The Educated Marketer

 

Earn Your Way In To the Student's Attention Instead of Buying Your Way In

by Leah Peters | Dec 20, 2016

 |  college recruitment, inbound marketing

 | 0 comments

Inbound marketing for higher education hinges on this one moment. It’s essential to get it right.

One of the misconceptions we often hear about inbound marketing is that it’s synonymous with content marketing.

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This is understandable: both inbound marketing and content marketing are concerned with content, with earning your way in to the prospect’s attention instead of buying your way in, and with creating and promoting a digital presence that generates real buzz and interest.

So both inbound marketing and content marketing begin with content that is valuable and worthwhile—something your target audience would notice, read, and share without your having to pay someone to push it toward their eyeballs.

Where inbound and content marketing part ways is that all important moment of conversion – when the rising junior or senior who’s been reading one of your college blogs or following your Instagram enters his email address into a form and joins your mailing list, becoming a bona-fide lead. Whereas content marketing pushes great content and crosses its fingers, inbound marketing relies on digital platforms that capture and track a prospect’s actions from the moment he or she opts in, allowing your admissions team unparalleled insight into the college decision making journey.

Which means that the decisive turning point in the inbound marketing methodology is this: the content offer.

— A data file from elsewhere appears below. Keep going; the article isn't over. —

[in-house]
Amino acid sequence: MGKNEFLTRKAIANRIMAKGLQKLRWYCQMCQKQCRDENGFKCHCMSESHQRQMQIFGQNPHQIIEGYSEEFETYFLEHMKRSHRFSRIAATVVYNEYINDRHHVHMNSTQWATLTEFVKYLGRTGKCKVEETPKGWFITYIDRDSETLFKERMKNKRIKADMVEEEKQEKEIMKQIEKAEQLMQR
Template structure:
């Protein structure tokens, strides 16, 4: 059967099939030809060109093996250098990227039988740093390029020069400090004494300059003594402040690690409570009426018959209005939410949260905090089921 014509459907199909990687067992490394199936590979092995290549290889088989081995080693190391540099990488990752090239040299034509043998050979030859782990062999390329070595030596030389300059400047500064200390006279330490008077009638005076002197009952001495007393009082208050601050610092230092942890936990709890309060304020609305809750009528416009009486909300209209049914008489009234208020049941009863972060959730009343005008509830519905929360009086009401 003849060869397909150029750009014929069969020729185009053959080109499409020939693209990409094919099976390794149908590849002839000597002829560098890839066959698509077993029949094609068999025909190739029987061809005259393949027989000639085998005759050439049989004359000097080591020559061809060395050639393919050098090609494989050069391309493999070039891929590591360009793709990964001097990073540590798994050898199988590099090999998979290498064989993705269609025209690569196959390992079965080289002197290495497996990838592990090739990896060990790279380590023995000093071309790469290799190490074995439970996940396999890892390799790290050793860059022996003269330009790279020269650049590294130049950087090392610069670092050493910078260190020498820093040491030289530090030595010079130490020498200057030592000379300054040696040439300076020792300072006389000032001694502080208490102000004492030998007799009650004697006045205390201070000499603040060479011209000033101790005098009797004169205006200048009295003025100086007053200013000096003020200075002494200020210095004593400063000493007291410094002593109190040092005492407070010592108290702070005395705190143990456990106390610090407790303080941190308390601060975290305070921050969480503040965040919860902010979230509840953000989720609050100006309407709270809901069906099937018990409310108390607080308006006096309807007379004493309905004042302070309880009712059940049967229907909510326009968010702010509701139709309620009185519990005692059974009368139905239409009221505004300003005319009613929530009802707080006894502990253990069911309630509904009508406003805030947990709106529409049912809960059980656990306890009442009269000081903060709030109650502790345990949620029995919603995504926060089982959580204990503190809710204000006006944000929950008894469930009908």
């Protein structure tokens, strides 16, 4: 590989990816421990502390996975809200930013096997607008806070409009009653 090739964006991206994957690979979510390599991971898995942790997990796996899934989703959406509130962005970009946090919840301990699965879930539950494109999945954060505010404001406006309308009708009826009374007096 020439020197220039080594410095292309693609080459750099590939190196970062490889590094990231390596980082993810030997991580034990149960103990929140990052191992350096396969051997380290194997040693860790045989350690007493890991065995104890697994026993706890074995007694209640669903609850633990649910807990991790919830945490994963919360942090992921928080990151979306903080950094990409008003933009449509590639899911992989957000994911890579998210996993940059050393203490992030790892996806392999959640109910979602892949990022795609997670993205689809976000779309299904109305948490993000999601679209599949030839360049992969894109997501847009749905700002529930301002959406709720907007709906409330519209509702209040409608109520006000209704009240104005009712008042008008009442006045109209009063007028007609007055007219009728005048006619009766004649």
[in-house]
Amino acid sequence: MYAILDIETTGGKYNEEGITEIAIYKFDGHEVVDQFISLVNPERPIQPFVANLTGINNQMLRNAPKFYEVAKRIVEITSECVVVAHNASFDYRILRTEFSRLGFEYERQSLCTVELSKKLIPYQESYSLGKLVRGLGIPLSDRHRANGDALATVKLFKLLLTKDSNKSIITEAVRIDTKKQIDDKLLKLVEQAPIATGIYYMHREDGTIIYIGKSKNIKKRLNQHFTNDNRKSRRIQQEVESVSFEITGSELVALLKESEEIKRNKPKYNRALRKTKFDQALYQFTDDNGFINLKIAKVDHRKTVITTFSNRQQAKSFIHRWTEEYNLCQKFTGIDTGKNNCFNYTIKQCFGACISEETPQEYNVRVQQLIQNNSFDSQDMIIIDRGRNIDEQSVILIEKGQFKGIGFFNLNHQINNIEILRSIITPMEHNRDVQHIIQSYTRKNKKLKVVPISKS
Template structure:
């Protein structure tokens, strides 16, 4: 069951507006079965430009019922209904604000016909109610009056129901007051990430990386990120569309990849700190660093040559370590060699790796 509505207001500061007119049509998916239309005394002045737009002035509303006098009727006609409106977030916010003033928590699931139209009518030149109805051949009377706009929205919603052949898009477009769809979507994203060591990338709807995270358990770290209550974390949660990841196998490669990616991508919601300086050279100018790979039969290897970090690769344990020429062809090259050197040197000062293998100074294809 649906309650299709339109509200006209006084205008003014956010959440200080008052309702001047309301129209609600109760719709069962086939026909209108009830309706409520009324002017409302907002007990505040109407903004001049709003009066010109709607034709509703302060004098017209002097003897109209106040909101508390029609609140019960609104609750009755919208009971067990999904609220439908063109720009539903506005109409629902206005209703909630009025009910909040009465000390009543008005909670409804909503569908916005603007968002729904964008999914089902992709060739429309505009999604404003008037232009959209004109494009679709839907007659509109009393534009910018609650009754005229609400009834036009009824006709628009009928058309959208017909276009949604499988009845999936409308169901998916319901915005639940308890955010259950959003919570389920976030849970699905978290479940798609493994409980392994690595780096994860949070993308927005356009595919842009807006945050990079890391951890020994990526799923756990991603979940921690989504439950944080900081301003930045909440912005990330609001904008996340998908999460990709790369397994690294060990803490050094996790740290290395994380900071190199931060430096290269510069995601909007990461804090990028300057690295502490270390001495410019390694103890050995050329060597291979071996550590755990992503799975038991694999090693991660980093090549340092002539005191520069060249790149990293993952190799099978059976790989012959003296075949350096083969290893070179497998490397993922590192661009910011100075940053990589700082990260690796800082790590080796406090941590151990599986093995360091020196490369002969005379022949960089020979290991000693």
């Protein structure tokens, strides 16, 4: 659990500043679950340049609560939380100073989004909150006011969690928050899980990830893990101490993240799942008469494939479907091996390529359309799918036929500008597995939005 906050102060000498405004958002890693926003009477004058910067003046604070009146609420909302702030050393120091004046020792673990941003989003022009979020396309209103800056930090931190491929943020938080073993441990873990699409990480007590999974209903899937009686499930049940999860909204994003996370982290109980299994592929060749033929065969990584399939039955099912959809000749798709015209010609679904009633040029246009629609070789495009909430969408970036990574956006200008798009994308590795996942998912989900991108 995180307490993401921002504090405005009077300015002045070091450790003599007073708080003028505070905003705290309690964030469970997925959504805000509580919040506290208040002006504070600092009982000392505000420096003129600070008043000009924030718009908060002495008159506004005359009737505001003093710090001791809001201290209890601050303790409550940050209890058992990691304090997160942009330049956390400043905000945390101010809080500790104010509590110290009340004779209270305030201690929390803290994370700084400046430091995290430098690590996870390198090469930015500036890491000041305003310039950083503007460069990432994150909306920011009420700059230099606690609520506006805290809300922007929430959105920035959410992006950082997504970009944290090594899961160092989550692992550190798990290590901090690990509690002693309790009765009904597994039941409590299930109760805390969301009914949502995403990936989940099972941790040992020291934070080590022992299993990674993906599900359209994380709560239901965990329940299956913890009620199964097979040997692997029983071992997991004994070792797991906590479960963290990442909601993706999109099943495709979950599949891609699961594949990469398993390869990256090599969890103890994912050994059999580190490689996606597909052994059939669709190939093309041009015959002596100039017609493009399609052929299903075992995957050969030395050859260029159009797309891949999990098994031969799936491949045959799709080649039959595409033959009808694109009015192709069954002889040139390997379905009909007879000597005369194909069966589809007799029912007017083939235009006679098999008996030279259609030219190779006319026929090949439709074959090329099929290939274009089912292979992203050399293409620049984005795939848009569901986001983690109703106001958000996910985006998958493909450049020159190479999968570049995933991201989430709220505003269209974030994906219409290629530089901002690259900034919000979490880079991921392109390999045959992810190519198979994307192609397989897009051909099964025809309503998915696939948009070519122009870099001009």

A lot is riding on the content you’re putting behind the opt-in wall. Think of it like a paywall on other sites. If what’s rumored to be on the other side of the paywall is worth it, you reach for your credit card or your PayPal login info. If it’s a whole lot of nothing—or something you could easily get for free elsewhere—you’re probably not going to be willing to fork over the money. And even if all they’re asking for is your contact information, you want the content to be worth it—after all, you know you’re probably going to be getting on a mailing list, so you’ll want to feel like you’re dealing with trustworthy people who aren’t going to send you multiple emails a day.

And that means your offerand the way you offer ithas got to be superb.

We don’t just mean that what you offer has got to be good—though that’s true too, of course. We also mean that the way you frame your offer—in the industry, we refer to this as the “call-to-action”—has got to be good—no, great—as well.

Industry-leading inbound blog HubSpot has a post showing more than 15 stellar examples of the kind of call-to-action pages that really grab people’s attention and compel, well, action! Check it out here.

Great calls-to-action include vivid language. Don’t say “click here”—say “get started with the best guide to spelunking around!” Use your call to action to indicate what lies on the other side of the form, to drum up some excitement, and to impart a sense of, well, action. Employ better verbs!

Great calls-to-action also play off of people’s fear of missing out—or what the millenials call FOMO. “Act today” and “act now” may be the clichés of “As Seen on TV” infomercials of yesteryear, but they were on to something with the sense of urgency they imparted. Let your target audience know there’s not a minute to lose—that they really must take you up on your offer now!

Finally, great calls-to-action deliver on what they promise. Don’t promise a lightening storm and deliver a lightening bug. Make sure that the actual content on the other side of that call-to-action lives up to what you’ve made of it.

The call-to-action, and the offer you make, is the hinge on which the success or failure of inbound turns.

Don’t let it get rusty.

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